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JPMorgan Chase Breach: 83 Million Records Breached by Lack of Two Factor

The New York Times DealBook sources reported that the JPMorgan Chase breach of the summer that affected 76 million households and 7 million businesses was caused by a single oversight - the lack of two-factor authentication on one of their servers.

As the article stated, “the largest intrusion of an American bank to date might have been thwarted if the bank had installed a simple security fix to an overlooked server in its vast network.” Although the company reports a cybersecurity budget of $250 million annually, and they’ve reported doubling that in remediation, the simple and very affordable implementation of two-factor authentication wasn’t in place at the time of the attack.

The Federal Financial Institutions Examination Council (FFIEC) recommends using two-factor authentication in their guide, Supplement to Authentication in an Internet Banking Environment (PDF) in order to protect financial institutions and banking activity from this very type of attack that allowed intruders access to nearly a hundred servers on JPMorgan’s network, armed only with a username and password.

As the NYTimes.com emphasizes, the initial fears (as always, when first reported in the media) were that a “very sophisticated” attack had hit the bank, but, as always, in nearly every major public breach, the hackers just found a way to steal a password - which could happen to any type of organization, big or small. And as always, in nearly every breach reported in the media, all they care about is who did it (usually some international state-sponsored cyberterrorist supreme).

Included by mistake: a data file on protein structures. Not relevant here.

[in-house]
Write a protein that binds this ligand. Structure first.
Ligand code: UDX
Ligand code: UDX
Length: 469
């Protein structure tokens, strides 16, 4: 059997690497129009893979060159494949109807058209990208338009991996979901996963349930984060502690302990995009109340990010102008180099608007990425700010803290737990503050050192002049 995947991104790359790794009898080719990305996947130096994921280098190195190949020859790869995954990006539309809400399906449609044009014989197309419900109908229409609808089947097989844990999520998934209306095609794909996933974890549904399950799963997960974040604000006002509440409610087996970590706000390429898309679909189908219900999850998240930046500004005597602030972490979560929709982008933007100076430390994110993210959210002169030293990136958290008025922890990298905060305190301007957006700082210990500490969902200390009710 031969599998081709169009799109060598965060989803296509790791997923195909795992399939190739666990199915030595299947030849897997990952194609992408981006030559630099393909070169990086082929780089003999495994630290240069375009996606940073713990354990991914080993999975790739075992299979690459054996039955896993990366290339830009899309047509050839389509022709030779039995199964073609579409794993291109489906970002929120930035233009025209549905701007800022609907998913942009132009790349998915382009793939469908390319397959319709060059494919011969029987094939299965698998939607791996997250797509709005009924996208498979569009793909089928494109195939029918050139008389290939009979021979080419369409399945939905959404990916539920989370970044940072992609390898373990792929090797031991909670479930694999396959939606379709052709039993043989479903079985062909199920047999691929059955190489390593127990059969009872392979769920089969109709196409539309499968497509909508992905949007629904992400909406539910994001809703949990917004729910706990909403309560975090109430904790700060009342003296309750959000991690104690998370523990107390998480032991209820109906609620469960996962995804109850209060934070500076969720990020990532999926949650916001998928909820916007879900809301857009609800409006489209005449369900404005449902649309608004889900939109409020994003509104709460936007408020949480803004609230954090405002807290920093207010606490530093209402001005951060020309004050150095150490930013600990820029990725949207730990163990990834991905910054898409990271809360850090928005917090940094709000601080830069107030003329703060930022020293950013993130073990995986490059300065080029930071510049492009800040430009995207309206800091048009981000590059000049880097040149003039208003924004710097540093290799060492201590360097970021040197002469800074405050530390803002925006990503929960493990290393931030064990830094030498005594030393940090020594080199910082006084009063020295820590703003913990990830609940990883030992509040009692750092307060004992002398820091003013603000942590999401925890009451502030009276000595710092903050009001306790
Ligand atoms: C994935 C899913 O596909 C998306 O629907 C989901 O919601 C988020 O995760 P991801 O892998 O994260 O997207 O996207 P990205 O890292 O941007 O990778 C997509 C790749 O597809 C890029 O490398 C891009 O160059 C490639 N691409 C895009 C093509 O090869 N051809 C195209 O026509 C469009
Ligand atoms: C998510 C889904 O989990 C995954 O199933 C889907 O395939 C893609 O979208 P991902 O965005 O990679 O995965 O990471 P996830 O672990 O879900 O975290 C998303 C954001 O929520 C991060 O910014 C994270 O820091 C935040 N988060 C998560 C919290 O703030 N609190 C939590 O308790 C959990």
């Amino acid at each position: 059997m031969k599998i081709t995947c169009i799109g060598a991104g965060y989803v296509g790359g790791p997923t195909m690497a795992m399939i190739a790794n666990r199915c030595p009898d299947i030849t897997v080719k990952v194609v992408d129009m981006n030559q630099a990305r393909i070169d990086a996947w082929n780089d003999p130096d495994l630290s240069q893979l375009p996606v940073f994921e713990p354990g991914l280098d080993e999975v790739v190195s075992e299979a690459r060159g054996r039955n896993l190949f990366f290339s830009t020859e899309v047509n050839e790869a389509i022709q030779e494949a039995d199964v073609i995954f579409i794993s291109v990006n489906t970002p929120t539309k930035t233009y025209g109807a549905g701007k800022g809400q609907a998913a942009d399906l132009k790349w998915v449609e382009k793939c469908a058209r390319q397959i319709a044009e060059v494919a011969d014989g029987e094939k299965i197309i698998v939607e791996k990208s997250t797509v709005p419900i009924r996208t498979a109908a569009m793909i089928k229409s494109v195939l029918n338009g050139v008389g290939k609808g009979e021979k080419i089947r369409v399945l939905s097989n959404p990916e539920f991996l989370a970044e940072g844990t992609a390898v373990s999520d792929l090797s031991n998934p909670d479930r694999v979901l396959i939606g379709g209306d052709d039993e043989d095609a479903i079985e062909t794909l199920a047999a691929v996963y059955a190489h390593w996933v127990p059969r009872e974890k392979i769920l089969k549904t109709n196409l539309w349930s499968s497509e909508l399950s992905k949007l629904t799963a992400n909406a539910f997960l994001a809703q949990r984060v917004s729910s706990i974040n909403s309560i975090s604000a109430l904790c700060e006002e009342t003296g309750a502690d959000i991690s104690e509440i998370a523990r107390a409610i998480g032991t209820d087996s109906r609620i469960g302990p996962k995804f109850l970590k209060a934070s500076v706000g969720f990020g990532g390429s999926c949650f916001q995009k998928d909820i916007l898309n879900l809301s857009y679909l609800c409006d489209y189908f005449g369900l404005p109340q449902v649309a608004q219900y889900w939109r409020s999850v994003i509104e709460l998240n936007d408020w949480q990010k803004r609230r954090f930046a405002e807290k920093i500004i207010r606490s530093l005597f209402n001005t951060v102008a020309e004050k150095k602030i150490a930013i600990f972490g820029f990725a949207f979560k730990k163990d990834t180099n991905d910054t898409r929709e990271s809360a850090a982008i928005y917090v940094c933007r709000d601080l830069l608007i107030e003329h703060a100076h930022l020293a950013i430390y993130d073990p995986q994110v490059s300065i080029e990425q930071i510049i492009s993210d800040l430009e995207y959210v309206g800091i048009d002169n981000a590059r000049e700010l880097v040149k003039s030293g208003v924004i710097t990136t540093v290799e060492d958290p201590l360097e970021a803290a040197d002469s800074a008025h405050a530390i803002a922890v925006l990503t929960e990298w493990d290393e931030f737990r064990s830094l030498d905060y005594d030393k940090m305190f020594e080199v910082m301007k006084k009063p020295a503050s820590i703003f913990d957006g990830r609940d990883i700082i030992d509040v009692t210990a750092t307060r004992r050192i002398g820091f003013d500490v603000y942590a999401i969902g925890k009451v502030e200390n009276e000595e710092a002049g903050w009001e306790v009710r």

But honestly, it really doesn’t matter who did it - chances are, anyone could do it. It doesn’t take a lot of technical skill to send a phishing email or social engineer your way to a pair of administrator credentials. The best line of defense is just that - defend yourselves proactively by putting basic security in place. It doesn’t take millions of dollars or fancy equipment or training, and it’s as easy as using an app on your smartphone to protect servers, apps, databases, sensitive data and more.

While Reuters and the Times are referring to the technology as “double-factor” or “dual passwords,” or, as FastCompany.com reports, “two-step protocol;” it’s important from a security perspective to point out that a second factor of authentication should be sent over a different channel than the first (known as out-of-band authentication). The FFIEC recommends it to protect against malware attacks:

Out-of-band authentication means that a transaction that is initiated via one delivery channel (e.g., Internet) must be re-authenticated or verified via an independent delivery channel (e.g., telephone) in order for the transaction to be completed. Out-of-band authentication is becoming more popular given that customer PCs are increasingly vulnerable to malware attacks.

One example is the use of a mobile app to send the second form of authentication via a push notification, or the use of a one-time passcode sent to a user’s phone via SMS. Learn more about the different authentication methods available with two factor.

Taking inventory of all network entry points and checking twice after upgrading is another way to ensure that no server or app or login gets left behind when it comes to implementing cybersecurity tools. Because, what’s the point of using a security solution if it’s only implemented on part of your environment?